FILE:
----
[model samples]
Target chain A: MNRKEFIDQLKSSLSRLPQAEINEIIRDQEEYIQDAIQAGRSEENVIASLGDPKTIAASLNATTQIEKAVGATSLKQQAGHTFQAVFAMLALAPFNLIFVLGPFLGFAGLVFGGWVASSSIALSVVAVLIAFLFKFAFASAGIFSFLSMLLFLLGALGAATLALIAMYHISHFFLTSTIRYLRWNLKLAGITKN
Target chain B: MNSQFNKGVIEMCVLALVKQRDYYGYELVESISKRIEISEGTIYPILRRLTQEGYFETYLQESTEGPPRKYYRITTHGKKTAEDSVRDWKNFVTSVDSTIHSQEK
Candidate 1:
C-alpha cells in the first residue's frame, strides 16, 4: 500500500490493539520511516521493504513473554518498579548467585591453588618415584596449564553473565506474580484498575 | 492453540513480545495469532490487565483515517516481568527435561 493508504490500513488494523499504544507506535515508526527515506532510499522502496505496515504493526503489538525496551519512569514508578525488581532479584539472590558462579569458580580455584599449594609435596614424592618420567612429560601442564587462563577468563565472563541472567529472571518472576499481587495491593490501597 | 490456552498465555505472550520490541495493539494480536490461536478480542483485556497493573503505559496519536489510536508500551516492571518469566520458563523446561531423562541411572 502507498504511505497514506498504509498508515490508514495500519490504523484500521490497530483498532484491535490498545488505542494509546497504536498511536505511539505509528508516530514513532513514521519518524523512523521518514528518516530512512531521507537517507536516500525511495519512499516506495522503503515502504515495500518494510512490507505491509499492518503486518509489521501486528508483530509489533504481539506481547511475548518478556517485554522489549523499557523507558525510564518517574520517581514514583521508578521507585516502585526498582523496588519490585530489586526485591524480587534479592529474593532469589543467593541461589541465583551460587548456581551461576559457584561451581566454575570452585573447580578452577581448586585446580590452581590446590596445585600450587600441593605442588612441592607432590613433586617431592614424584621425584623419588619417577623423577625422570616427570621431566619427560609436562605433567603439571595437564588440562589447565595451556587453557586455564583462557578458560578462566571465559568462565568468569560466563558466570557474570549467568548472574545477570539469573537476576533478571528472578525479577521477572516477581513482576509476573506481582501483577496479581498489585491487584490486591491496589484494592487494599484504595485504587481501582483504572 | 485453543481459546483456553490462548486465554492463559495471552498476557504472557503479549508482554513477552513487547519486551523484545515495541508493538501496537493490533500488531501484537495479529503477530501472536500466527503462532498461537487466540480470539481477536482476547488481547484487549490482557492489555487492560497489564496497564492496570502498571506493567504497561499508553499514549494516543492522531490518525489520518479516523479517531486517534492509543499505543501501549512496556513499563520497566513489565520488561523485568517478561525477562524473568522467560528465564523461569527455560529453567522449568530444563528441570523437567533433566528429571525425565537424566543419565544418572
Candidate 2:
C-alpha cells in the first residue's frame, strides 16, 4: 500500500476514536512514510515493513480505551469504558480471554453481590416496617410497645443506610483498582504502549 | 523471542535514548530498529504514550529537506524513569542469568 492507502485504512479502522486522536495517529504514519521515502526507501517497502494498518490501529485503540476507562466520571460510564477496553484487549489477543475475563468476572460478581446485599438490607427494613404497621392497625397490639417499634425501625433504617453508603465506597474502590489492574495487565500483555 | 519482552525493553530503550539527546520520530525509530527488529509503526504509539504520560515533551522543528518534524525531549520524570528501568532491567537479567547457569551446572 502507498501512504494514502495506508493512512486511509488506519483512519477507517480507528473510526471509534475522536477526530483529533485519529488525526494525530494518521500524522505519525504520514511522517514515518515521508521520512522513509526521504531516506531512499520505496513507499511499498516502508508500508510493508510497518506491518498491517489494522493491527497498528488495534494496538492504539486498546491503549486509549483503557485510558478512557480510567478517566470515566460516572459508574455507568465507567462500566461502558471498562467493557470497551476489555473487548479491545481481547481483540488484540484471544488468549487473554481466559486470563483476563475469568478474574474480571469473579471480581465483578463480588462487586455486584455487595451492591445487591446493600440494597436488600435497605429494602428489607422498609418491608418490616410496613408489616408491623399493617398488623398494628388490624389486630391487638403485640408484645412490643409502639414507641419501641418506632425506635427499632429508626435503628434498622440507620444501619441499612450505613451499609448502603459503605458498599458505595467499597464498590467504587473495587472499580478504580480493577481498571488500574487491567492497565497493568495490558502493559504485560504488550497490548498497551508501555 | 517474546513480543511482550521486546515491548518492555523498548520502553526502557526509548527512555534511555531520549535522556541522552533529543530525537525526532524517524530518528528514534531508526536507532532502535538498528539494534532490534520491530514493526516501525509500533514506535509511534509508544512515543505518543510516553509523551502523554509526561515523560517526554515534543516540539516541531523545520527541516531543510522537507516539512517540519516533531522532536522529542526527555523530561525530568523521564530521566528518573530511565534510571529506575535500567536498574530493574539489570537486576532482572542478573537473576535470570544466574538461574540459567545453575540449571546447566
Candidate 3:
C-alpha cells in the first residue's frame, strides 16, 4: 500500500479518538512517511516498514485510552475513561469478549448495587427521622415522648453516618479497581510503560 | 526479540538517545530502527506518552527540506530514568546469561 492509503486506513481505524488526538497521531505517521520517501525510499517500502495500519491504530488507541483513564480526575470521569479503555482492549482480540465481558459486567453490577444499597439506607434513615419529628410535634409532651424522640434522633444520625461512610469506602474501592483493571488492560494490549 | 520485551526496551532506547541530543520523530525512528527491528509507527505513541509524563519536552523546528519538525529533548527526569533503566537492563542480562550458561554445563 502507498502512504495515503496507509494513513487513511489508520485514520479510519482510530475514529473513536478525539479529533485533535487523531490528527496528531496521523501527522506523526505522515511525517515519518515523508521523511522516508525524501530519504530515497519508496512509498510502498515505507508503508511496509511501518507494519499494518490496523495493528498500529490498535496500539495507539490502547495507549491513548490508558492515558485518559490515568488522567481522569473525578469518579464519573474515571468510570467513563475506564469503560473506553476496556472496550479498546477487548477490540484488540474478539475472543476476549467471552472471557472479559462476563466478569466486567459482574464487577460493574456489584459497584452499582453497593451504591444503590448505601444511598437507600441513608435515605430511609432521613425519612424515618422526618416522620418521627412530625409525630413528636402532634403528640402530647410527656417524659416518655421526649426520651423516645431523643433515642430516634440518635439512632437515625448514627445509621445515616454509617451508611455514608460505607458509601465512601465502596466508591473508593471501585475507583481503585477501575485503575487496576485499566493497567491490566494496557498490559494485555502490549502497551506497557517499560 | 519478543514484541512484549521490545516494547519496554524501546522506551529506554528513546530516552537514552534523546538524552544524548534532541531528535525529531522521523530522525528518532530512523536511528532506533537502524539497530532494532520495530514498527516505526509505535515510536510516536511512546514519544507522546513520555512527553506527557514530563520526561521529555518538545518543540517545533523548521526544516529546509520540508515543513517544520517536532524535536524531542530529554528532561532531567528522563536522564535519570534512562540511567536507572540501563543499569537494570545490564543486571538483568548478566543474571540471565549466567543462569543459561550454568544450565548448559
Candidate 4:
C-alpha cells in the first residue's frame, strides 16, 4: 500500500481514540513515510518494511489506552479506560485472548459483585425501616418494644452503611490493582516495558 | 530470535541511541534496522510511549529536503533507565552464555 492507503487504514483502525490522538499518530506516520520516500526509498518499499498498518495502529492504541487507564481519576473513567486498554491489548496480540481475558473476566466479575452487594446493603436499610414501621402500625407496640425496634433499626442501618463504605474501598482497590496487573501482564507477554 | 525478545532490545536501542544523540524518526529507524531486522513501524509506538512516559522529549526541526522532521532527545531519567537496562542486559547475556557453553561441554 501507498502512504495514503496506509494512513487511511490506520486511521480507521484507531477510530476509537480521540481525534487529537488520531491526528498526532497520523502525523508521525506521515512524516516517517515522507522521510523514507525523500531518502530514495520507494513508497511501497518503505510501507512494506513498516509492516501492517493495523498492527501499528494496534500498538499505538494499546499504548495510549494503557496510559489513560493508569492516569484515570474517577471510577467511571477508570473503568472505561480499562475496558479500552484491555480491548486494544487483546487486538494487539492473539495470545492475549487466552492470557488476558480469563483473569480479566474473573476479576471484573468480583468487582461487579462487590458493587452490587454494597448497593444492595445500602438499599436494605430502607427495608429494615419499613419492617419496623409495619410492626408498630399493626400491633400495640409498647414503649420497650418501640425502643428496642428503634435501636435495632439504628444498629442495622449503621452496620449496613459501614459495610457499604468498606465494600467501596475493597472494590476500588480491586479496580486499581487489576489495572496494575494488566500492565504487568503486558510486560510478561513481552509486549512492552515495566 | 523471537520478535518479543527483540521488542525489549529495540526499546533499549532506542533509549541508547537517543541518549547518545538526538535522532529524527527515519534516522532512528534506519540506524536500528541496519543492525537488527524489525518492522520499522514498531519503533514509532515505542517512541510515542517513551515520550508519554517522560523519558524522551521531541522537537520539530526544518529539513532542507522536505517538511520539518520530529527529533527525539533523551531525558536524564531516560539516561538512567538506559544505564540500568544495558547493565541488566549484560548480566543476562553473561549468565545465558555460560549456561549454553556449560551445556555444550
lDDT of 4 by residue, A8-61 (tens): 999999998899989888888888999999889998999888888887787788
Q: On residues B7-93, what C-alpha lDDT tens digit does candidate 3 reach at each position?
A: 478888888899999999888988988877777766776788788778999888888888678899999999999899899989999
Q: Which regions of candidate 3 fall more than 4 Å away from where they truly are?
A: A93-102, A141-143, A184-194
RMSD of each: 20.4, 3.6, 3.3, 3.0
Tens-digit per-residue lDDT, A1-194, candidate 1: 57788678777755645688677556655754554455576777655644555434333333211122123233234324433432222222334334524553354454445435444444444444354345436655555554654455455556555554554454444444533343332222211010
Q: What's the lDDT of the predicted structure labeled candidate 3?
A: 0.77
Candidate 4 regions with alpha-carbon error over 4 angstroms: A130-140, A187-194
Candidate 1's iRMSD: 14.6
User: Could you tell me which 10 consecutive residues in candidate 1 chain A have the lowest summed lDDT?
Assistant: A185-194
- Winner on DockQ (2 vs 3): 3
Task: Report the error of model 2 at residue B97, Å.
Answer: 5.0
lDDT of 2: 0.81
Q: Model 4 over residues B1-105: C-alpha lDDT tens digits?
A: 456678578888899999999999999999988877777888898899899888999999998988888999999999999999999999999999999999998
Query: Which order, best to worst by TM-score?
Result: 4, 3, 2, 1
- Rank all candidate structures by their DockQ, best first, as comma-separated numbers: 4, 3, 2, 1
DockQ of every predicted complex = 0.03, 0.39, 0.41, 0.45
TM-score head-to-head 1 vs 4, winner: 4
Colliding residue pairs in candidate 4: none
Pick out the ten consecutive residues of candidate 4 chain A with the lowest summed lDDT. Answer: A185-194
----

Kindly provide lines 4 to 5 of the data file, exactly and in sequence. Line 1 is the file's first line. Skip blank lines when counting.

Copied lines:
Candidate 1:
C-alpha cells in the first residue's frame, strides 16, 4: 500500500490493539520511516521493504513473554518498579548467585591453588618415584596449564553473565506474580484498575 | 492453540513480545495469532490487565483515517516481568527435561 493508504490500513488494523499504544507506535515508526527515506532510499522502496505496515504493526503489538525496551519512569514508578525488581532479584539472590558462579569458580580455584599449594609435596614424592618420567612429560601442564587462563577468563565472563541472567529472571518472576499481587495491593490501597 | 490456552498465555505472550520490541495493539494480536490461536478480542483485556497493573503505559496519536489510536508500551516492571518469566520458563523446561531423562541411572 502507498504511505497514506498504509498508515490508514495500519490504523484500521490497530483498532484491535490498545488505542494509546497504536498511536505511539505509528508516530514513532513514521519518524523512523521518514528518516530512512531521507537517507536516500525511495519512499516506495522503503515502504515495500518494510512490507505491509499492518503486518509489521501486528508483530509489533504481539506481547511475548518478556517485554522489549523499557523507558525510564518517574520517581514514583521508578521507585516502585526498582523496588519490585530489586526485591524480587534479592529474593532469589543467593541461589541465583551460587548456581551461576559457584561451581566454575570452585573447580578452577581448586585446580590452581590446590596445585600450587600441593605442588612441592607432590613433586617431592614424584621425584623419588619417577623423577625422570616427570621431566619427560609436562605433567603439571595437564588440562589447565595451556587453557586455564583462557578458560578462566571465559568462565568468569560466563558466570557474570549467568548472574545477570539469573537476576533478571528472578525479577521477572516477581513482576509476573506481582501483577496479581498489585491487584490486591491496589484494592487494599484504595485504587481501582483504572 | 485453543481459546483456553490462548486465554492463559495471552498476557504472557503479549508482554513477552513487547519486551523484545515495541508493538501496537493490533500488531501484537495479529503477530501472536500466527503462532498461537487466540480470539481477536482476547488481547484487549490482557492489555487492560497489564496497564492496570502498571506493567504497561499508553499514549494516543492522531490518525489520518479516523479517531486517534492509543499505543501501549512496556513499563520497566513489565520488561523485568517478561525477562524473568522467560528465564523461569527455560529453567522449568530444563528441570523437567533433566528429571525425565537424566543419565544418572